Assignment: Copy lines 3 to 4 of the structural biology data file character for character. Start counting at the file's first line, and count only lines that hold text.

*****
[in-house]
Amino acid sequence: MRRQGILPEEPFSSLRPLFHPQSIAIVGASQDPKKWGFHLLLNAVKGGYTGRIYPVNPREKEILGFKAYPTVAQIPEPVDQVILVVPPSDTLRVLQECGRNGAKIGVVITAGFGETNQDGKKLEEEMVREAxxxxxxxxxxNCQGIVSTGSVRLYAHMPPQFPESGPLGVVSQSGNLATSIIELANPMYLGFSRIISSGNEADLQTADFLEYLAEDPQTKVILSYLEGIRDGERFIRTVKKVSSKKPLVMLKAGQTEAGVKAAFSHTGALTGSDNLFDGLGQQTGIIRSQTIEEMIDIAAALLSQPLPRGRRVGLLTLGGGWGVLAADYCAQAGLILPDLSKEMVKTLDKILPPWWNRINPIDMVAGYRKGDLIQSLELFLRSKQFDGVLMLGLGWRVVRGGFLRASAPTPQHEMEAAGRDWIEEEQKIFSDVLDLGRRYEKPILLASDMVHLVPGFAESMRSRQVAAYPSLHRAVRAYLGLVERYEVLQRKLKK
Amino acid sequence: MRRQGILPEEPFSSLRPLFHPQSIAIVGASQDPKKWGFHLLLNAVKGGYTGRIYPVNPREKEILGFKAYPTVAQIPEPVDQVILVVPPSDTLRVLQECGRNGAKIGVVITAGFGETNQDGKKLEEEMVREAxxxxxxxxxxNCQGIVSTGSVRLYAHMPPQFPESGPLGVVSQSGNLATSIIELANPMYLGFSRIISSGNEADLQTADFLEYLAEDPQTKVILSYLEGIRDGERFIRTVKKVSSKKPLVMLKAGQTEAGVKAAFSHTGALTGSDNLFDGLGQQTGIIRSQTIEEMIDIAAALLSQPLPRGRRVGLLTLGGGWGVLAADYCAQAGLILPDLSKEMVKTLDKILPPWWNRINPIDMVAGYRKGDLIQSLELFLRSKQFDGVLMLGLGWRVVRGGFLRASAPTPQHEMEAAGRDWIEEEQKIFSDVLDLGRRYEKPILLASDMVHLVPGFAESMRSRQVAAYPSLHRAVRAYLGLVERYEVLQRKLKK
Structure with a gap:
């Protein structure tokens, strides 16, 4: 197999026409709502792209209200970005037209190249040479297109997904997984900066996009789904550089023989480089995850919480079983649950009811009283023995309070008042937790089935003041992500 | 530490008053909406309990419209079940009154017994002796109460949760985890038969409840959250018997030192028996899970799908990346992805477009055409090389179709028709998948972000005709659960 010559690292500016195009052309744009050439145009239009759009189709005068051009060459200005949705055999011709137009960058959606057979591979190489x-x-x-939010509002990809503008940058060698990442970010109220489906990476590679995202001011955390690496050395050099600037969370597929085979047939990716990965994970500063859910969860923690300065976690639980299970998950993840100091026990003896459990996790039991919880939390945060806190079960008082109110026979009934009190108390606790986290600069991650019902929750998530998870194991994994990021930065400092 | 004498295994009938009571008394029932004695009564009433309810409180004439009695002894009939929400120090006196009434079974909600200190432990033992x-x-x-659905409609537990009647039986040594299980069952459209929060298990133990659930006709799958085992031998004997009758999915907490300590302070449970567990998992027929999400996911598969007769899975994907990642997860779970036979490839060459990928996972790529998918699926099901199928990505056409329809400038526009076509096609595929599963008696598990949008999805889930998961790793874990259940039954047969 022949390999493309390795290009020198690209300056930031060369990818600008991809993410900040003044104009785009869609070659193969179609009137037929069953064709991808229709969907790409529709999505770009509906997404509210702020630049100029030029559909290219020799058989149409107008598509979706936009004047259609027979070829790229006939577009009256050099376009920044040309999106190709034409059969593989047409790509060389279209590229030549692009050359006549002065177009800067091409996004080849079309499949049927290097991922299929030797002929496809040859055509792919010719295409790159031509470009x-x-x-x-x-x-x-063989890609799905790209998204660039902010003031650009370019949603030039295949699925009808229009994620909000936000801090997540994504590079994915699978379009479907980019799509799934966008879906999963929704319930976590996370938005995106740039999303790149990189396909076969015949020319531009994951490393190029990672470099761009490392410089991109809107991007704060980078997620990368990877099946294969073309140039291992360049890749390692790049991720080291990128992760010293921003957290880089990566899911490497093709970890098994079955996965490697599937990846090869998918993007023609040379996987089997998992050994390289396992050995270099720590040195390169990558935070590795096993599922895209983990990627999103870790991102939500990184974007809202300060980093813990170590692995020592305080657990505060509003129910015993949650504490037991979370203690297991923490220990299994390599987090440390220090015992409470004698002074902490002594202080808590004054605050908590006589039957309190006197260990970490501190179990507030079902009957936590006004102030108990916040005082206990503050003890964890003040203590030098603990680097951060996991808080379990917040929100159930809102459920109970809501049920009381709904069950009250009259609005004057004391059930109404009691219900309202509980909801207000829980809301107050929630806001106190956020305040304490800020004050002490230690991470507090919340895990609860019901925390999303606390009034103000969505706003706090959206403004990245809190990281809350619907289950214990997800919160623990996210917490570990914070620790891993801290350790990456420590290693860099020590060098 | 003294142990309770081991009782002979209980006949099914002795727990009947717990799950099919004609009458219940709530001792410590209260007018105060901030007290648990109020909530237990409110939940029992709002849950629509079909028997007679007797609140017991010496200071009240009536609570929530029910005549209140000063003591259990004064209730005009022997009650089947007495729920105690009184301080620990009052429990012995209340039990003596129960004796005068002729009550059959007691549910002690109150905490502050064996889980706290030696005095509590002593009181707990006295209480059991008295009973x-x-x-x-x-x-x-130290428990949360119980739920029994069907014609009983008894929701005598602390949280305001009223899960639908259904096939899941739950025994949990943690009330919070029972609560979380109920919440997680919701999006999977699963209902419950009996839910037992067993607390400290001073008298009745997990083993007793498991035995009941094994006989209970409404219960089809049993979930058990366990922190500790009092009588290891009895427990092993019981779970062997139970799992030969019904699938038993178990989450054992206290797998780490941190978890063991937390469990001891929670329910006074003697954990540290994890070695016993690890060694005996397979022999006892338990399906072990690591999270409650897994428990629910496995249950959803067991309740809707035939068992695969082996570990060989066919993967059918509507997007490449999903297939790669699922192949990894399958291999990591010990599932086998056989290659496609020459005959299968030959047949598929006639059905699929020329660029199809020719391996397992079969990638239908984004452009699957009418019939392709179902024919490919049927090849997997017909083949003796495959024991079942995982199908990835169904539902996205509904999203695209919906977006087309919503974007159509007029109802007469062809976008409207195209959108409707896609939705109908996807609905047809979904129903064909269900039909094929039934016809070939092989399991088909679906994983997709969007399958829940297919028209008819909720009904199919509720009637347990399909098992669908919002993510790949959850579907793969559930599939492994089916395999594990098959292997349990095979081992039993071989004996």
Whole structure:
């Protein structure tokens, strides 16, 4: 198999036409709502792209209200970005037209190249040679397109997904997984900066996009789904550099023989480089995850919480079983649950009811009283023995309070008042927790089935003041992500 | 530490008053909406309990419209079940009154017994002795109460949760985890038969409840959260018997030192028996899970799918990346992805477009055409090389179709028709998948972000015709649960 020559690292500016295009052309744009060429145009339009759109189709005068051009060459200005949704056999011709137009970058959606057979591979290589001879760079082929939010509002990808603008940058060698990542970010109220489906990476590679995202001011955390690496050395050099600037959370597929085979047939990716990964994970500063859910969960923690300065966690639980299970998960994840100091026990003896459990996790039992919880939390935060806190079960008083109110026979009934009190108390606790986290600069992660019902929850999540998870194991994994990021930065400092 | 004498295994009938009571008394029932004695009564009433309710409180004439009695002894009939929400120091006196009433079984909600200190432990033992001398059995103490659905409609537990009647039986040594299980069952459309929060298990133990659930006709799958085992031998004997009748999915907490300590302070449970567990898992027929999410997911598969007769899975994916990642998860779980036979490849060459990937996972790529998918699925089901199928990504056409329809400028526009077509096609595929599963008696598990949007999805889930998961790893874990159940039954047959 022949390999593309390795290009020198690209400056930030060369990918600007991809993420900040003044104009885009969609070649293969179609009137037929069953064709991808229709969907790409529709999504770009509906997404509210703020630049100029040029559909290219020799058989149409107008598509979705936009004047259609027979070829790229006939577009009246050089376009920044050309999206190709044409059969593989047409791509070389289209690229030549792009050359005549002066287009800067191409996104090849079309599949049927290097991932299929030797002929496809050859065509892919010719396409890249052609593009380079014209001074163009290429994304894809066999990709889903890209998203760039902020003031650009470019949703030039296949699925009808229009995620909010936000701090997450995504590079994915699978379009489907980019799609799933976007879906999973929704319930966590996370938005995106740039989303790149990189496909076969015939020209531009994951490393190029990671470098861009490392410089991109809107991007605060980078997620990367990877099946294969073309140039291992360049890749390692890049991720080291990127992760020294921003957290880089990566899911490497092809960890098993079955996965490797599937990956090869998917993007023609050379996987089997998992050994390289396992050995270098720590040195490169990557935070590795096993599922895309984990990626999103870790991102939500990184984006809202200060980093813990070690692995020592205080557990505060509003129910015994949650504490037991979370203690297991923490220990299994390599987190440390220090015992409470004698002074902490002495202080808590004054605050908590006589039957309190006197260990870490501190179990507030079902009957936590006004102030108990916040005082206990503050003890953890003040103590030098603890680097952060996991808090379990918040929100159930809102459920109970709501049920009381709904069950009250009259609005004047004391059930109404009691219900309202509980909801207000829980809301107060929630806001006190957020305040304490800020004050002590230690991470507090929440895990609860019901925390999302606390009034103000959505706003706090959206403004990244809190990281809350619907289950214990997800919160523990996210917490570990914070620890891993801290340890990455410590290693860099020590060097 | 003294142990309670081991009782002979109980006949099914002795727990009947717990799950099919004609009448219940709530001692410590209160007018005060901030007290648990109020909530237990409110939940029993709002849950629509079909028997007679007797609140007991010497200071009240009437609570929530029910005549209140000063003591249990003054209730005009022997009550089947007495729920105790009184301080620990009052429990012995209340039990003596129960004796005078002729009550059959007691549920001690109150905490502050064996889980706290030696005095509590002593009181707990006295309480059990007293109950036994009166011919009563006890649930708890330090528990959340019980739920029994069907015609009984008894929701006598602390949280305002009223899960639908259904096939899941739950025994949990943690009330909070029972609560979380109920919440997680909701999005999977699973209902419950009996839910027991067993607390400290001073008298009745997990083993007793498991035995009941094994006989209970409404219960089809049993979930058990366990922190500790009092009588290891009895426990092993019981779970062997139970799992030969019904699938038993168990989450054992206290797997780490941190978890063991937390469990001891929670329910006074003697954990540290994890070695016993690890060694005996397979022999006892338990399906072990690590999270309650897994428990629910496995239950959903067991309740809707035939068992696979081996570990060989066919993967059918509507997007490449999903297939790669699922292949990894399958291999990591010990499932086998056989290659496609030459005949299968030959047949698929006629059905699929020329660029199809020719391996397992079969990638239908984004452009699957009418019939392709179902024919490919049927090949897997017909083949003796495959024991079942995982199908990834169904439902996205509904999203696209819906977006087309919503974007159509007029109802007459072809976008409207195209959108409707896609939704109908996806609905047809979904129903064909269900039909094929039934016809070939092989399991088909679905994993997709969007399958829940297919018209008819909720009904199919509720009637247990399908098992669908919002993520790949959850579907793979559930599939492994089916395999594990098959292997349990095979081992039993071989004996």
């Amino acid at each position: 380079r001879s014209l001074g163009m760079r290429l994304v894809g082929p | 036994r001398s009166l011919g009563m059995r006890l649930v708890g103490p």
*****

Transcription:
Amino acid sequence: MRRQGILPEEPFSSLRPLFHPQSIAIVGASQDPKKWGFHLLLNAVKGGYTGRIYPVNPREKEILGFKAYPTVAQIPEPVDQVILVVPPSDTLRVLQECGRNGAKIGVVITAGFGETNQDGKKLEEEMVREAxxxxxxxxxxNCQGIVSTGSVRLYAHMPPQFPESGPLGVVSQSGNLATSIIELANPMYLGFSRIISSGNEADLQTADFLEYLAEDPQTKVILSYLEGIRDGERFIRTVKKVSSKKPLVMLKAGQTEAGVKAAFSHTGALTGSDNLFDGLGQQTGIIRSQTIEEMIDIAAALLSQPLPRGRRVGLLTLGGGWGVLAADYCAQAGLILPDLSKEMVKTLDKILPPWWNRINPIDMVAGYRKGDLIQSLELFLRSKQFDGVLMLGLGWRVVRGGFLRASAPTPQHEMEAAGRDWIEEEQKIFSDVLDLGRRYEKPILLASDMVHLVPGFAESMRSRQVAAYPSLHRAVRAYLGLVERYEVLQRKLKK
Structure with a gap: